Despite the spin that Pat Robertson would put on things, these 50s movies did not disdain faith in a higher power.  Certainly we can point to the preacher in War of the Worlds who gets fried by a Martian ray early on.  He’s quoting Bible verses as he walks toward the aliens, who take one look at him and open fire.  But the point here is that he gets fried not because his faith is wrong, but because he is so stupid!  Later on, the survivors of a wrecked city gather in a church to pray together, including the scientist, and those pesky Martians are eventually killed by Earth’s bacteria, those things that, according to the film’s narrator, “God, in his wisdom, put upon the Earth.”

This hammers home producer George Pal’s point that faith is helpful, and that reason is helpful.  Gene Barry’s scientist is fairly powerless to help against the onslaught, and the minister who blindly quotes the Bible is even more useless.  Perhaps the combination of faith and reason is helpful.

And this brings us back to the present day.  If we bring up reasoned arguments against Republican policies, then we are branded as unfeeling, unpatriotic people.  We can argue all we want about the facts that we have spent too much money in Iraq, that our goal of getting cheap oil has not worked, that our goal of getting the Iraqi people freedom has not (thus far) worked, that our goal of making the world a more peaceful place has not worked, and that our ideal of keeping nuclear nations from proliferating is not working.  Bringing up these reasonable facts is not unpatriotic.

The Republicans are throwing faith without reason at us.  By doing so, they are  being as naive as the preacher who walked straight at the Martians.  Alas, reason without faith can equally unattractive.  Can we have a balance?  Can we all just get along?  Do we have to call each other names and ignore a point of view just because it belongs to the other party?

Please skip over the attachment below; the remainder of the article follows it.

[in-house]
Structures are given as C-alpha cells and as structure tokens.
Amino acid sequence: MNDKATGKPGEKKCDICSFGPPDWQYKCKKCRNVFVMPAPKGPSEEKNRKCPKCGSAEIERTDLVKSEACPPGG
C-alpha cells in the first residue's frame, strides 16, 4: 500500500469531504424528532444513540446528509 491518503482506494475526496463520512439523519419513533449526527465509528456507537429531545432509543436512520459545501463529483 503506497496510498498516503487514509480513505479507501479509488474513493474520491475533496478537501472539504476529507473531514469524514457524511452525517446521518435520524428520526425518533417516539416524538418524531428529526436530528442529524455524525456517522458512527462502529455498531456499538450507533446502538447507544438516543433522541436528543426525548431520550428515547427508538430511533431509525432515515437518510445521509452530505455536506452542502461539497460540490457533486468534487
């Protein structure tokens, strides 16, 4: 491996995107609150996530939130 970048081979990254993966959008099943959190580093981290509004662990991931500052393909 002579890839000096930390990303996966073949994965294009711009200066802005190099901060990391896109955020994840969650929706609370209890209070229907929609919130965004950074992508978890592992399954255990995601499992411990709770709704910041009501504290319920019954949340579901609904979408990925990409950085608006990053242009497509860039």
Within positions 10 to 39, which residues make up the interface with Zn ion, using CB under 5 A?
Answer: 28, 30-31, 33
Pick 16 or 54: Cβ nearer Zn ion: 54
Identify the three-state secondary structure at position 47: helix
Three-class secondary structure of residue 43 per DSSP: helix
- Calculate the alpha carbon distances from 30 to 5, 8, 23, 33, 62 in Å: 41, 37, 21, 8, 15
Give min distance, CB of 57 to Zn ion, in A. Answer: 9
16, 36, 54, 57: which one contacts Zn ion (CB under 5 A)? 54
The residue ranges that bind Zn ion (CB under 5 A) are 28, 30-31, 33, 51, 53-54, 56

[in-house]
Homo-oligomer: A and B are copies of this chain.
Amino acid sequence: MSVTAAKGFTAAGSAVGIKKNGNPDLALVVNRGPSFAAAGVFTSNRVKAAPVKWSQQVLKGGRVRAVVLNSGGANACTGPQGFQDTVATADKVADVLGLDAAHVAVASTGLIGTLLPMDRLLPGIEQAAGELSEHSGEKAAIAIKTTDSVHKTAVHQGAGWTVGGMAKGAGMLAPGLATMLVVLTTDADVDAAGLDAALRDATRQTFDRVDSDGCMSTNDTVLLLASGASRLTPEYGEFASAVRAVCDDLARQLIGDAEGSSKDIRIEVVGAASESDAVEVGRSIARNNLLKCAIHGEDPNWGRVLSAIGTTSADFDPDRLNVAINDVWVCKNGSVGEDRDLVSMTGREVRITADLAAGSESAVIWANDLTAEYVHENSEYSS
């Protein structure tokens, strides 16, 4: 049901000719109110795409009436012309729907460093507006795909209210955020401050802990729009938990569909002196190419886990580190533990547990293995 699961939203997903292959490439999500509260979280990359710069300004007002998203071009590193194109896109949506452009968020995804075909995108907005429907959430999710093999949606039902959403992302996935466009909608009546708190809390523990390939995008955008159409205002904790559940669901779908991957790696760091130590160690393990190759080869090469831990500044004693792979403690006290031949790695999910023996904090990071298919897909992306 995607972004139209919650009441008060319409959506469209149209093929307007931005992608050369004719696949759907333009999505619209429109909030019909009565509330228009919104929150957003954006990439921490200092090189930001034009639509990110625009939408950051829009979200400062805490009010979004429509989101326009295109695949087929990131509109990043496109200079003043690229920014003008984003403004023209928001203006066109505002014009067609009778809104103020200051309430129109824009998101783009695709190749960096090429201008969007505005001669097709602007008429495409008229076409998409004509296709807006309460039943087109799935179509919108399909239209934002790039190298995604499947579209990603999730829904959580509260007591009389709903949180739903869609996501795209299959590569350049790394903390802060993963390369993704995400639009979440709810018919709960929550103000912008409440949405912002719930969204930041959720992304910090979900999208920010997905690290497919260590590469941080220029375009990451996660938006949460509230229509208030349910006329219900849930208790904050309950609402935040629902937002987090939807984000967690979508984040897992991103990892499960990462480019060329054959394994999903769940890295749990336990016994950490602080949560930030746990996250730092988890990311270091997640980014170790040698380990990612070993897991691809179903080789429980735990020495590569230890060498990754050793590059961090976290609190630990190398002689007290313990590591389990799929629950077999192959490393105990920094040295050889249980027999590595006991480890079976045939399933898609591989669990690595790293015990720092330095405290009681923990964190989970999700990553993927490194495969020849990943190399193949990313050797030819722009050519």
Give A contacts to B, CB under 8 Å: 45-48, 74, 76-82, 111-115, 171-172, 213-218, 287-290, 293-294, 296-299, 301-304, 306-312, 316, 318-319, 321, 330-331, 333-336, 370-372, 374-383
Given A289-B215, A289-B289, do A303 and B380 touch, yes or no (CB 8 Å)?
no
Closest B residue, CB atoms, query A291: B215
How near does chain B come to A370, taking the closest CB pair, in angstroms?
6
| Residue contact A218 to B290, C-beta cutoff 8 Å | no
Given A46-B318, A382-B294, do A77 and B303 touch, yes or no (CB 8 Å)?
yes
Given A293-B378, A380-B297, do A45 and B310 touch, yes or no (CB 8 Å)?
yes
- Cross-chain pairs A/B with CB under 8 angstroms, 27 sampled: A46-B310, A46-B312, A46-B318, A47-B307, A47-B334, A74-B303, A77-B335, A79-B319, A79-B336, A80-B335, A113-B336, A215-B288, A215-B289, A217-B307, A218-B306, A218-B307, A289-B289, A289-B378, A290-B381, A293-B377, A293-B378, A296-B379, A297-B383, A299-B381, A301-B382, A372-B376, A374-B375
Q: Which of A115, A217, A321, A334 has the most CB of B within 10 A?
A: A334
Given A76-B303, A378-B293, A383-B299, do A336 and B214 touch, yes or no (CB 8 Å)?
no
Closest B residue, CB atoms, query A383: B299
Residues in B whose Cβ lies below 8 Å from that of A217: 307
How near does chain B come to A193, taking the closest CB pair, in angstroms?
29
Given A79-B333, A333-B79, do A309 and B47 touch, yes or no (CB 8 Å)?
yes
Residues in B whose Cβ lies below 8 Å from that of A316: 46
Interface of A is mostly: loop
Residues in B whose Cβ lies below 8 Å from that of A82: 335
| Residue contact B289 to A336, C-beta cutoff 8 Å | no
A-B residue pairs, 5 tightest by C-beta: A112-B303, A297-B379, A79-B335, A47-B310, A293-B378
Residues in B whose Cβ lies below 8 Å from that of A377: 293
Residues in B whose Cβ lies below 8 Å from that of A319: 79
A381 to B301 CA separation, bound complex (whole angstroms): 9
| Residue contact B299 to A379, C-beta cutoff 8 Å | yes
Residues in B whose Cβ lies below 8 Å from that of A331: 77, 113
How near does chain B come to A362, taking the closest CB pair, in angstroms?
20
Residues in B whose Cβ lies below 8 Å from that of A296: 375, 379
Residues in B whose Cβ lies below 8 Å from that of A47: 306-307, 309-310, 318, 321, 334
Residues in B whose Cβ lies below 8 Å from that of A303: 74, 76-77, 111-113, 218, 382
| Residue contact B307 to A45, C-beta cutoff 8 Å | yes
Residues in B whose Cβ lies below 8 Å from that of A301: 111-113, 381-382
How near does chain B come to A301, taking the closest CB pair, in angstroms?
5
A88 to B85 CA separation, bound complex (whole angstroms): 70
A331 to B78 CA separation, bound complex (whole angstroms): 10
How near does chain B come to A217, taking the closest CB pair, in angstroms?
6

The thing that saddens me is that anti-intellectualism has caught on like wildfire.  We were even sold the idea that Bush was the kind of guy you’d like to have a beer with (although I shudder to have a beer with an alcoholic).  So what?  That doesn’t qualify him to be the leader of the free world.

The leader of the free world needs to be a person who understands faith and reason, who thinks before talking, who contemplates before acting.  He needs to be smart but not condescending, sensitive but not weak.  He needs to be not the kind of guy you’d want to have a beer with, but the kind of guy you’d like to pass on the street and breathe a sigh of relief that he’s looking out for your way of life.  He needs to promote healthy intellectual activity as a necessary American trait and not one of geeks who will never get a date.

I want a president who knows that, no matter how much money we spend on schools, we’ll never get great academic achievement unless our culture changes to reflect a value in education.  We need to find that the classic rugged American individualism does not necessitate ignorance as well.  People who celebrate stupidity need to be the dateless wonders of the next generation, and the smart guys who should be running things need to start doing so.

In short, we need Richard Carlson for President.

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1 Response to Guest column by The Endangered Moderate: Where Have You Gone, Richard Carlson?

  1. admin says:

    I thought this person, who prefers to remain anonymous, spoke with a voice we hear so seldom these days–that of reason.